[23] A minor modification to this definition has been done in this work, replacing criterion 3 with the following: “The averaged mixing ratio within 1.5 km immediately above the tropopause exceeds 110 ppbv”. We have found, through a detailed inspection of vertical profiles, that this modification optimizes the algorithm, discarding ozone-rich stratospheric air layers (with a typical thickness of 1.5 km) into the upper troposphere [Kahya et al., 2005]. Otherwise, small changes in the threshold values of ozone mixing ratio and ozone vertical gradients are not likely to be critical in determining the ozonopause height [Sivakumar et al., 2006].

2.2.4 Dynamical Tropopause

[24] The tropopause can also be defined in terms of the isentropic Ertel's potential vorticity (EPV) as introduced by Rossby [1940] and Ertel [1942]. Under the hydrostatic approximation, the EPV can be expressed in terms of the static stability inline image, where θ is the potential temperature and g is the acceleration of gravity, as

display math(1)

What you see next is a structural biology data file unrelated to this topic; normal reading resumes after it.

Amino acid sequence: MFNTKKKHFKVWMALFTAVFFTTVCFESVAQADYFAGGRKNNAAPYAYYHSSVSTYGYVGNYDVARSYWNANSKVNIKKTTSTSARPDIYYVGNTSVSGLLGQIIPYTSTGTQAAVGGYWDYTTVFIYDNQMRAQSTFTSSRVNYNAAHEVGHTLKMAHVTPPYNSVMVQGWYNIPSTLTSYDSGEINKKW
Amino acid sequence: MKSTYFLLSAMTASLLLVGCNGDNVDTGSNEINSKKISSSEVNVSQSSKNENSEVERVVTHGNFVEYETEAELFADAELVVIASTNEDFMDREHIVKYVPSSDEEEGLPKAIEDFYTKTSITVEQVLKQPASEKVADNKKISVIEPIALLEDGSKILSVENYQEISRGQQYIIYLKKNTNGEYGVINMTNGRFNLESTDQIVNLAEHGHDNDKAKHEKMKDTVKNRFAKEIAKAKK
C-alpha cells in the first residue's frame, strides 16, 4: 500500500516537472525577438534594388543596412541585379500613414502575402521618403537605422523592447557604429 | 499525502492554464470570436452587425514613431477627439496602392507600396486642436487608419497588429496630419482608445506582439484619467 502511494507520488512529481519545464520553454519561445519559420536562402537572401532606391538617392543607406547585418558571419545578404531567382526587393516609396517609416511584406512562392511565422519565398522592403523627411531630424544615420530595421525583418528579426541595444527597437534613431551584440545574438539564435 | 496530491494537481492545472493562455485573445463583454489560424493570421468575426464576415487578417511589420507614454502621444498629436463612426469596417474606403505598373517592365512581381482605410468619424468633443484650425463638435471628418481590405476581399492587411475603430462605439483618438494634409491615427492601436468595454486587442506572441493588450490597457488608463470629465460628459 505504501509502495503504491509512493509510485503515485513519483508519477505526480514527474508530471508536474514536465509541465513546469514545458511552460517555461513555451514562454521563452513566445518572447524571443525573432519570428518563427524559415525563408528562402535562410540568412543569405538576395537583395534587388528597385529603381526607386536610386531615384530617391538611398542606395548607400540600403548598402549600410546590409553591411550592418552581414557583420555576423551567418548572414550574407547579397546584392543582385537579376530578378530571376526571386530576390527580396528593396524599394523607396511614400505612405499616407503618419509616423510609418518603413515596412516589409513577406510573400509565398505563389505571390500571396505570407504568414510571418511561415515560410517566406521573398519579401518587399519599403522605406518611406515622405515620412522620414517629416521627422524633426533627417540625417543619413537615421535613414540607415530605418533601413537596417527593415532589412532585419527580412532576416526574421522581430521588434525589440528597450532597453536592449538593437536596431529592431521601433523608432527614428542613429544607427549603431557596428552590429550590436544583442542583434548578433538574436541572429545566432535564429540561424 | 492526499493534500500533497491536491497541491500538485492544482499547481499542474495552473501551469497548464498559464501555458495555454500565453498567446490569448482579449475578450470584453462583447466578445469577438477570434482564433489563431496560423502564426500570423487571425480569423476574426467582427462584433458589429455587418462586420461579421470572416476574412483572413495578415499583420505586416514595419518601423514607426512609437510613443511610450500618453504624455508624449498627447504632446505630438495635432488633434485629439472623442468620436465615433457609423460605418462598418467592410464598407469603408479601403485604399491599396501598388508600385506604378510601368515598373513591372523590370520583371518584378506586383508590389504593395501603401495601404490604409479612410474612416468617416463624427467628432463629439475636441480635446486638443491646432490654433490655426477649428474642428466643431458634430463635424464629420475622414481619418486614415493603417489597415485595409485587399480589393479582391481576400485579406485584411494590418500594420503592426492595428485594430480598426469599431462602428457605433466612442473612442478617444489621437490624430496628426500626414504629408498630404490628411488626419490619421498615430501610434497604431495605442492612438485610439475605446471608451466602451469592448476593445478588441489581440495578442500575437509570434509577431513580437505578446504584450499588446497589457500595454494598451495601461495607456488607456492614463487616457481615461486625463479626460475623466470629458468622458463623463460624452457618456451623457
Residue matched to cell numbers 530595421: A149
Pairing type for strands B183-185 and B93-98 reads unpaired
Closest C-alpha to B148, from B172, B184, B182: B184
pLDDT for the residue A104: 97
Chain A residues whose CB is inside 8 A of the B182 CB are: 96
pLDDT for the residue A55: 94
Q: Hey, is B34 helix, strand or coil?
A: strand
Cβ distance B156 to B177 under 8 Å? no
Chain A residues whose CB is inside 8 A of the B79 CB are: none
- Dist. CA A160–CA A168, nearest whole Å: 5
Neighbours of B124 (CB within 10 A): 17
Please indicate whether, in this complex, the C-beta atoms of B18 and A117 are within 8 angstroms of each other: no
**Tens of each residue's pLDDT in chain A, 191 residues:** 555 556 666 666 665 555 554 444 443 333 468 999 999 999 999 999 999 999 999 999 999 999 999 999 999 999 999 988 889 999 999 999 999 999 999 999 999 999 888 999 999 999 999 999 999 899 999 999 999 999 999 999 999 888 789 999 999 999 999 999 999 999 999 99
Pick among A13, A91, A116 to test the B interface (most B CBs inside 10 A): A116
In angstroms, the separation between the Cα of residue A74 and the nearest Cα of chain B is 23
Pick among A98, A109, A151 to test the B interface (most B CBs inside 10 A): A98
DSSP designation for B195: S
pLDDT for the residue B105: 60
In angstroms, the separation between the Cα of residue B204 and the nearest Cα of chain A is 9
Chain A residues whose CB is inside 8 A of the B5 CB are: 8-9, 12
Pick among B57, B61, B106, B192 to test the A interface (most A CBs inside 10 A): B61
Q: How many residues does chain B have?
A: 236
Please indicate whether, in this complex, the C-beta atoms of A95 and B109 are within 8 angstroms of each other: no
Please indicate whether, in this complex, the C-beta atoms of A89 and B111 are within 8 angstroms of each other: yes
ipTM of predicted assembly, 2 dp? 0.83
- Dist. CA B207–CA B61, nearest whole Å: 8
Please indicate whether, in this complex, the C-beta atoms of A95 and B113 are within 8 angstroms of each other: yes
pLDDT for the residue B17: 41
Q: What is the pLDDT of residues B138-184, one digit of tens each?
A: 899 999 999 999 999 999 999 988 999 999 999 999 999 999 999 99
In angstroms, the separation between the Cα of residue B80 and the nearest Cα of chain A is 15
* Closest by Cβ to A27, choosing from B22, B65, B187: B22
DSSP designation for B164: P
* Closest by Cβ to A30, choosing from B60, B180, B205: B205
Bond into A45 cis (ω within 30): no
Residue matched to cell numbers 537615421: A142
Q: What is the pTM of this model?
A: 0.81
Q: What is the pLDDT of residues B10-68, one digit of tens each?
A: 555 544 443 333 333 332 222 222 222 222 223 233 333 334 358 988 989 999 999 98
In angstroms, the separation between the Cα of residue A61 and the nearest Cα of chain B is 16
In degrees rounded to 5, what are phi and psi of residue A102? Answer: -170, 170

[25] Here ζθ is the relative vorticity evaluated on isentropic surfaces, f is the Coriolis parameter, and ρ is density [e.g., Gettelman et al., 2011]. It follows from equation (1) that EPV contains both dynamic and thermodynamic properties. In particular, EPV is proportional to the static stability. Given that a jump in static stability at the TT level is expected, there will be a corresponding discontinuity in EPV at the same level. Following these considerations, we have defined the dynamical tropopause (DT) as the height level where a maximum value in potential vorticity vertical gradient is found. It is worth noting that despite the original concept of the DT was based on the isentropic gradient of EPV [Reed, 1955], no global determination of the DT based on this concept has been performed, with the exception of a recent work by Kunz et al. [2011a]. In this study the authors developed a novel method for determining the global DT which involves both isentropic gradient of EPV and horizontal wind field. The method we use in the present work is substantially different (and, not least, easier to implement) since we determine the DT level dependent on the maximum potential vorticity gradient with altitude levels.